It is clear that both the government and ministry officials are insensitive to the suffering and slavery of teachers and other civil servants, and have lost touch with reality in schools. 

To expect a teacher who earns ZW$19 000 to pay school fees for his/her child at ZW$19 000 in some boarding schools where fees have been approved by the government is ludicrous hallucination of the worst order. 

That Zimbabwe has some of the best teachers in the region, continent and globally is not in doubt. Yet its teachers are the worst paid.  

That is why teachers in Zimbabwe have tested positive to poverty, and have resultantly fallen from grace to grass.

The government has not invested in quality public education, allocating as little as 13% of the total budget to the ministry of Primary and Secondary Education against an African agreement at Dakar to allocate over 22% to education. It is also not eager to engage patriotic Zimbabwean teachers and restore their purchasing power parity pegged at US$540. It is also a fact that teachers are tired of attacks and false accusations by so few for doing so much with so little.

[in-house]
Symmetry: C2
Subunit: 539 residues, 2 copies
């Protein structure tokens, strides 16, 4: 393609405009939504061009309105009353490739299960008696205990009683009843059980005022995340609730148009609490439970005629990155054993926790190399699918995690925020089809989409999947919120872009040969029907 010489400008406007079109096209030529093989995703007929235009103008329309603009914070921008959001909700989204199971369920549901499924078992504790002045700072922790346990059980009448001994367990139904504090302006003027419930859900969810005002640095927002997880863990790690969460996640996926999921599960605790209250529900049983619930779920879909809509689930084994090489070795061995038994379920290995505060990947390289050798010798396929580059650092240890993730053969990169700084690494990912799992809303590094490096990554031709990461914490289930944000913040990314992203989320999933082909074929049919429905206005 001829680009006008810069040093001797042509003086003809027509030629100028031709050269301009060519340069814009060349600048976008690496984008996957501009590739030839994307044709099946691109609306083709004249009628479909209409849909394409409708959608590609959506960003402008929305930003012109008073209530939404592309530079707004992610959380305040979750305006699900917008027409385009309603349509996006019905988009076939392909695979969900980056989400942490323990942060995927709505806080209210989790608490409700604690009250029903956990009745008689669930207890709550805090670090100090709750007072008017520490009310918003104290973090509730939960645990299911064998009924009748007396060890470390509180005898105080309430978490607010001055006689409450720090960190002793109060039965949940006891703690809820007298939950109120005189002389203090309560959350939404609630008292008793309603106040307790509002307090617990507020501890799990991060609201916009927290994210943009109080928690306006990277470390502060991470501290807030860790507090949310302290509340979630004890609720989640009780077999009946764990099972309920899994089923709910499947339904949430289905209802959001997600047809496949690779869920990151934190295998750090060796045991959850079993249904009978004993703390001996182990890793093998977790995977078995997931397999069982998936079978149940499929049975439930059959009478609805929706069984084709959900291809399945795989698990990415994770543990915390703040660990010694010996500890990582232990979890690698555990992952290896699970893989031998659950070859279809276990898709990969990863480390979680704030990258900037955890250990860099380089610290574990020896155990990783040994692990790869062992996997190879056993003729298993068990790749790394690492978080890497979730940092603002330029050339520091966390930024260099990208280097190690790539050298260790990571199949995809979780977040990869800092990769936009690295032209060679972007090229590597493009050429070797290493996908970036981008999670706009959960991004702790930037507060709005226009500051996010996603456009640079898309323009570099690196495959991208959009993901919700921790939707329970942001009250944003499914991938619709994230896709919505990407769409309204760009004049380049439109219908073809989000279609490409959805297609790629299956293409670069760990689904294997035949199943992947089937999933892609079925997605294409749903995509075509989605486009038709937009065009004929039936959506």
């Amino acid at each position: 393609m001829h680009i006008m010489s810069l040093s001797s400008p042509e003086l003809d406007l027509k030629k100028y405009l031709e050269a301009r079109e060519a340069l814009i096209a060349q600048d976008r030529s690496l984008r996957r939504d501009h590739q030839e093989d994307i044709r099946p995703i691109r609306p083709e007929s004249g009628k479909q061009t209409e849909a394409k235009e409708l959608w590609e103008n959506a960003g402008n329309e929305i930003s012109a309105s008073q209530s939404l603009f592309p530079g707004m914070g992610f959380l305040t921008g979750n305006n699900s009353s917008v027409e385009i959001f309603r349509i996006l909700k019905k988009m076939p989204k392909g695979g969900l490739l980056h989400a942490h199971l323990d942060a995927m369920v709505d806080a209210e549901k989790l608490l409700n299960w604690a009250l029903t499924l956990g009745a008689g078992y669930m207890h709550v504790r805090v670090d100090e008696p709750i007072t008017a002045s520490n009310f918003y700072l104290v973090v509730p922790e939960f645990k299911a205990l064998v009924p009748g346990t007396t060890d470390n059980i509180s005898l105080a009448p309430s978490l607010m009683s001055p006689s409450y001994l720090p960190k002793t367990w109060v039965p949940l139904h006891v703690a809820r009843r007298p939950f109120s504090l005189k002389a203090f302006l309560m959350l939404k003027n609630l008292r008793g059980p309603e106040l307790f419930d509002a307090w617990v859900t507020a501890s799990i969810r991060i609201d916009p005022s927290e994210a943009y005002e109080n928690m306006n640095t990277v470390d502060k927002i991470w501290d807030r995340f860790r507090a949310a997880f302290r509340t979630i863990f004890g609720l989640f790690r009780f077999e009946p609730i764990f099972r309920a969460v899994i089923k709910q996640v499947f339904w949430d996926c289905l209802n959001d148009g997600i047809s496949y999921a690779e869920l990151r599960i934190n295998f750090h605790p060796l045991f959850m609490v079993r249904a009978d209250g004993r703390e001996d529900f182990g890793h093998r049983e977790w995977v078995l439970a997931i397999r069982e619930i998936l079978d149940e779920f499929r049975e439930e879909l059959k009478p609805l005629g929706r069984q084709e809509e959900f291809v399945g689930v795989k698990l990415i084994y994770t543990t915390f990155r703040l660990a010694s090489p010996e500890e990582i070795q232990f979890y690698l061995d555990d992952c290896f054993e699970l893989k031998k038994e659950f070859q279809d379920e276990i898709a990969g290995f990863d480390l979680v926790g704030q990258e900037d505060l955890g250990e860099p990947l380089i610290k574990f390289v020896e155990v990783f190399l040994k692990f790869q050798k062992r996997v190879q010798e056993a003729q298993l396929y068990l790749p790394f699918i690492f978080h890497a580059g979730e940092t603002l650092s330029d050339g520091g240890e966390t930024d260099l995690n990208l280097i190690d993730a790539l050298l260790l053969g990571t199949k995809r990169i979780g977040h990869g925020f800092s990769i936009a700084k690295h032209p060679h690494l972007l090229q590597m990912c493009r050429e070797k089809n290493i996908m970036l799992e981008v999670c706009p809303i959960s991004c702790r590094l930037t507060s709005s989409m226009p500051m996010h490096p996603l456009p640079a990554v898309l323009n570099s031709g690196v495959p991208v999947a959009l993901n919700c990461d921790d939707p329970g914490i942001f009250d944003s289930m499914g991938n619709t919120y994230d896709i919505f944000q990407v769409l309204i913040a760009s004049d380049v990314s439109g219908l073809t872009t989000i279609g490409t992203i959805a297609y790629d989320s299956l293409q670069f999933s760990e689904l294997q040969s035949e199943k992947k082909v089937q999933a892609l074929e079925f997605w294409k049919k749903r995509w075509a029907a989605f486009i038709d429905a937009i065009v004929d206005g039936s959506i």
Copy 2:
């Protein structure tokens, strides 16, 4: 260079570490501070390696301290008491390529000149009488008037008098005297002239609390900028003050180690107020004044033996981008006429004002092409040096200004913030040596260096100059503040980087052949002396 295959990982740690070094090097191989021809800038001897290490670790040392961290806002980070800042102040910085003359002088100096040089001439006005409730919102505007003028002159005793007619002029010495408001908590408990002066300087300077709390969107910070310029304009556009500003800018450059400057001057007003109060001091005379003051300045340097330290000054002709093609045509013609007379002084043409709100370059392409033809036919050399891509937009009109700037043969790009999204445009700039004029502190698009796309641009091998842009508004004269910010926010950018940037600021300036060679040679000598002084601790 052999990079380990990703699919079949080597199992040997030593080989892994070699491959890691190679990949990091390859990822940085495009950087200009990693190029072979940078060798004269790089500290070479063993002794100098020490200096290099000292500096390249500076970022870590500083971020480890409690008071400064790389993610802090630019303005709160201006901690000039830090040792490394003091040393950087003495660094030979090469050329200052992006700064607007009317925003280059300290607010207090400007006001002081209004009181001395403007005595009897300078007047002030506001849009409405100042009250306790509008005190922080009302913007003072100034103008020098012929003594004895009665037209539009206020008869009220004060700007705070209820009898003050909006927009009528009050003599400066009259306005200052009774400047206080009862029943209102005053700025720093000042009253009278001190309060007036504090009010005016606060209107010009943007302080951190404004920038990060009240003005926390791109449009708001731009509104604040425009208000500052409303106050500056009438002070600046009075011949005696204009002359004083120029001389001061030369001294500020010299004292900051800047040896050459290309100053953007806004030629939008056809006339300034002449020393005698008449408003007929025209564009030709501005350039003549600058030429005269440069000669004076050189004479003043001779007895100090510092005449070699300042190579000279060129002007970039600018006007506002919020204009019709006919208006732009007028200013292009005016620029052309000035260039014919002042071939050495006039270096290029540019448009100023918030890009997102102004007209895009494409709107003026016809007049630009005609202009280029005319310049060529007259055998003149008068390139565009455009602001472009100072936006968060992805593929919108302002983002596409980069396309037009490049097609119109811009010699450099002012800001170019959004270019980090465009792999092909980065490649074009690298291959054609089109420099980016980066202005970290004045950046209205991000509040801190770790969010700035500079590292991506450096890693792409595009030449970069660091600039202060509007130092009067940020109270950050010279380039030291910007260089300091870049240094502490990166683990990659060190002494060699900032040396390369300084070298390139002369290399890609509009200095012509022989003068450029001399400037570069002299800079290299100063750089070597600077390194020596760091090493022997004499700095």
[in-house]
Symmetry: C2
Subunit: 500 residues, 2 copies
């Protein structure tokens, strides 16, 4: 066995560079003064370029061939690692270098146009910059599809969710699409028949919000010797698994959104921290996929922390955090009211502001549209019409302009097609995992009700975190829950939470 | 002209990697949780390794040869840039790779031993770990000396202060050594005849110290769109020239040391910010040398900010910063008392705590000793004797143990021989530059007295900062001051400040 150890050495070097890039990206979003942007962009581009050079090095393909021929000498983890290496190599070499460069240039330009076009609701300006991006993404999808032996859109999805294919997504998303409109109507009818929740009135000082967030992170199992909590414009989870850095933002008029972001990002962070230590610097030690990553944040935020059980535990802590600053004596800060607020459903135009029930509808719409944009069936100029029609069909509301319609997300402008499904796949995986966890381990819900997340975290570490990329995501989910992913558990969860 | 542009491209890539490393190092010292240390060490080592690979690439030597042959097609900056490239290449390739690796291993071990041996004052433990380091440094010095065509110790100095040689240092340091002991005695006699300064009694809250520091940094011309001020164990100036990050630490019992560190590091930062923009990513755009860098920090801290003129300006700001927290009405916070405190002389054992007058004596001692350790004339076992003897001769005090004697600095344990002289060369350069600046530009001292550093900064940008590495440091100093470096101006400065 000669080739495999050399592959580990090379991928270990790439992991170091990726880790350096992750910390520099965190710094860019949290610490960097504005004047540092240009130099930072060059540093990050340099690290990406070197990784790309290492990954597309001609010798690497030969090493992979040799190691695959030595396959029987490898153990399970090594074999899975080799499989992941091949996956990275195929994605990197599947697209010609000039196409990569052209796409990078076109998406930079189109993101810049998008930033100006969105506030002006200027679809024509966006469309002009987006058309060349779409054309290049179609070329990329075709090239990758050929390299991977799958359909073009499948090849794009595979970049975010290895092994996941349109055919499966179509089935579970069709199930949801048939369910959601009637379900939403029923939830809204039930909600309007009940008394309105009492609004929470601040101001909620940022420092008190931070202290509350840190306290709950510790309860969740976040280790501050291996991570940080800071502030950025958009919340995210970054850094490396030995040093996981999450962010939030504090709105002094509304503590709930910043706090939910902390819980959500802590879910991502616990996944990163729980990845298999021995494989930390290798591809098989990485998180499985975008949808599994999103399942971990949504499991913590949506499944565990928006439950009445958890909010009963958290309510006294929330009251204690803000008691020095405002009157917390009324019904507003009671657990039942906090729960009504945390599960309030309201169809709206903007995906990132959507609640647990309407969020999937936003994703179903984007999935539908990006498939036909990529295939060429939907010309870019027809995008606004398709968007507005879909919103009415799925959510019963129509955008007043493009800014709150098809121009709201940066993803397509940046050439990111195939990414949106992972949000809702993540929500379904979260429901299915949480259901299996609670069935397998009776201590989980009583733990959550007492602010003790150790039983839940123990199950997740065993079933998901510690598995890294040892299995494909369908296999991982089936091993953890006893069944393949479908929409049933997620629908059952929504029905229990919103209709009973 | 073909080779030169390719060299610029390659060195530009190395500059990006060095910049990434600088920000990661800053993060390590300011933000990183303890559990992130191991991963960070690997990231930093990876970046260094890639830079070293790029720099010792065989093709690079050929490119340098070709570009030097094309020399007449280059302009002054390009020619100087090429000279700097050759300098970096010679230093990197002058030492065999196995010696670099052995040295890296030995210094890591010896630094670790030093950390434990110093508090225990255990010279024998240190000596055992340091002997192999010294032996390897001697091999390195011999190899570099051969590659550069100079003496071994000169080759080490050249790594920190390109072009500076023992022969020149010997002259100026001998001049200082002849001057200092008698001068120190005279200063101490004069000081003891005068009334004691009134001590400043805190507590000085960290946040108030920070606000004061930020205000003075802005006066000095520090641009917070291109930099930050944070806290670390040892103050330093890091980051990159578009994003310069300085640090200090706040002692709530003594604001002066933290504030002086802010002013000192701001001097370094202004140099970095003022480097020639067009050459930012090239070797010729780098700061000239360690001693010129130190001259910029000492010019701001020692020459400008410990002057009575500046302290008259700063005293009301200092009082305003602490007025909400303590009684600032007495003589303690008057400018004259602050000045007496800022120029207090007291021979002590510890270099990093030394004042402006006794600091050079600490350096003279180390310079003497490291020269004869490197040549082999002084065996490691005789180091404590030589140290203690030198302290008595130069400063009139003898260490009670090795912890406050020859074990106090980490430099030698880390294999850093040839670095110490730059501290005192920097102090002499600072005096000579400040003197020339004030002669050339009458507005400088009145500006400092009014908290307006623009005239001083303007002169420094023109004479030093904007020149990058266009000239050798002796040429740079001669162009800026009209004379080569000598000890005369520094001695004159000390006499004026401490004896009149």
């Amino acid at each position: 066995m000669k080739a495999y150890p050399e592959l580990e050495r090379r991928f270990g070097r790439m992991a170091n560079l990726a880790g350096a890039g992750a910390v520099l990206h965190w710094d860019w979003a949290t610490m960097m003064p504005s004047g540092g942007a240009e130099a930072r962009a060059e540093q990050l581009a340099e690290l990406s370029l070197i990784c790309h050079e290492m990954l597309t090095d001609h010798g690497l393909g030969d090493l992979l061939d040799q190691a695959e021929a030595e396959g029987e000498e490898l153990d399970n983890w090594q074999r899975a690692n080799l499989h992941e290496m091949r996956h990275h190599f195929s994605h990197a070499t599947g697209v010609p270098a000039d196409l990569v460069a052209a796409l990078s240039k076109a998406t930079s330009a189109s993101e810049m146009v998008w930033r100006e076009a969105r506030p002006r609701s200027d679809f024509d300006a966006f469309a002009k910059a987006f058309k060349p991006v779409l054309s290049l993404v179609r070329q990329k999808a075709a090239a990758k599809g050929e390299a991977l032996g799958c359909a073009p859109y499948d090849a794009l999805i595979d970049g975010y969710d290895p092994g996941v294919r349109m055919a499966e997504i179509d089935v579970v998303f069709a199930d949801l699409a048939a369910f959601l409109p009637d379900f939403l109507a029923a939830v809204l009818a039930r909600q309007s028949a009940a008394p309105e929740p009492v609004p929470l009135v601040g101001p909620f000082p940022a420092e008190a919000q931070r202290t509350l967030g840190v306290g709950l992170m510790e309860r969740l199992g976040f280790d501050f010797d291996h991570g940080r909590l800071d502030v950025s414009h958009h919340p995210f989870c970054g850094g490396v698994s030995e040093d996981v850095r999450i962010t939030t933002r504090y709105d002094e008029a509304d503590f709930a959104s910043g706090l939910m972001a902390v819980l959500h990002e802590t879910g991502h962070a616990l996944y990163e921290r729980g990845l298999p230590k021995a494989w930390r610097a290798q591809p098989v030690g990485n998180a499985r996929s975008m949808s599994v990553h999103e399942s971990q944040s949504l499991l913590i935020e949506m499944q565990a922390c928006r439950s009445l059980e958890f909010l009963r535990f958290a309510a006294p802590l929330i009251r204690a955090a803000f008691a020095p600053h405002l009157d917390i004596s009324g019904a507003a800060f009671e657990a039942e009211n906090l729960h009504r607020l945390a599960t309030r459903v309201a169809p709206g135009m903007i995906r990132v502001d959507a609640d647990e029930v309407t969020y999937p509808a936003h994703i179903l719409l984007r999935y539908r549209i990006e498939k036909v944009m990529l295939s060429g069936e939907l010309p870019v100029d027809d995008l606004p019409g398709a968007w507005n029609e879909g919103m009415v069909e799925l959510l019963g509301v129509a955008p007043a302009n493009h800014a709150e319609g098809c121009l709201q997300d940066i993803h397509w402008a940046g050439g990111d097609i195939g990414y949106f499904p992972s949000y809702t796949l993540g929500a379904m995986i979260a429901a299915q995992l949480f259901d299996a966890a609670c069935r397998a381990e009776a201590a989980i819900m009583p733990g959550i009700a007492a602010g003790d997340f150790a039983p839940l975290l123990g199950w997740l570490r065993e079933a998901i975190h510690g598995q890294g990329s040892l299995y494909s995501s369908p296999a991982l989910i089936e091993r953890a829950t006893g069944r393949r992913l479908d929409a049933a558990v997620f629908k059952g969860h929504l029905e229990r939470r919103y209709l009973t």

Henceforth, the only remedy to the suffering of teachers is the restoration of the purchasing power parity of their salaries (US$540) as well as a myriad of education sector-specific allowances agreed upon over the past five years, but that have fallen short where it matters most, that is implementation. 

Teachers have a right to claim US$540 as this salary was culled without engaging them or their representatives and was therefore callous and a monument of unfair labour practice. Having exhausted all possible means to restore the US$540, tired of government prevarication and firefighting antics, cognisant of government unwillingness to address their plight, teachers have declared their incapacitation to government.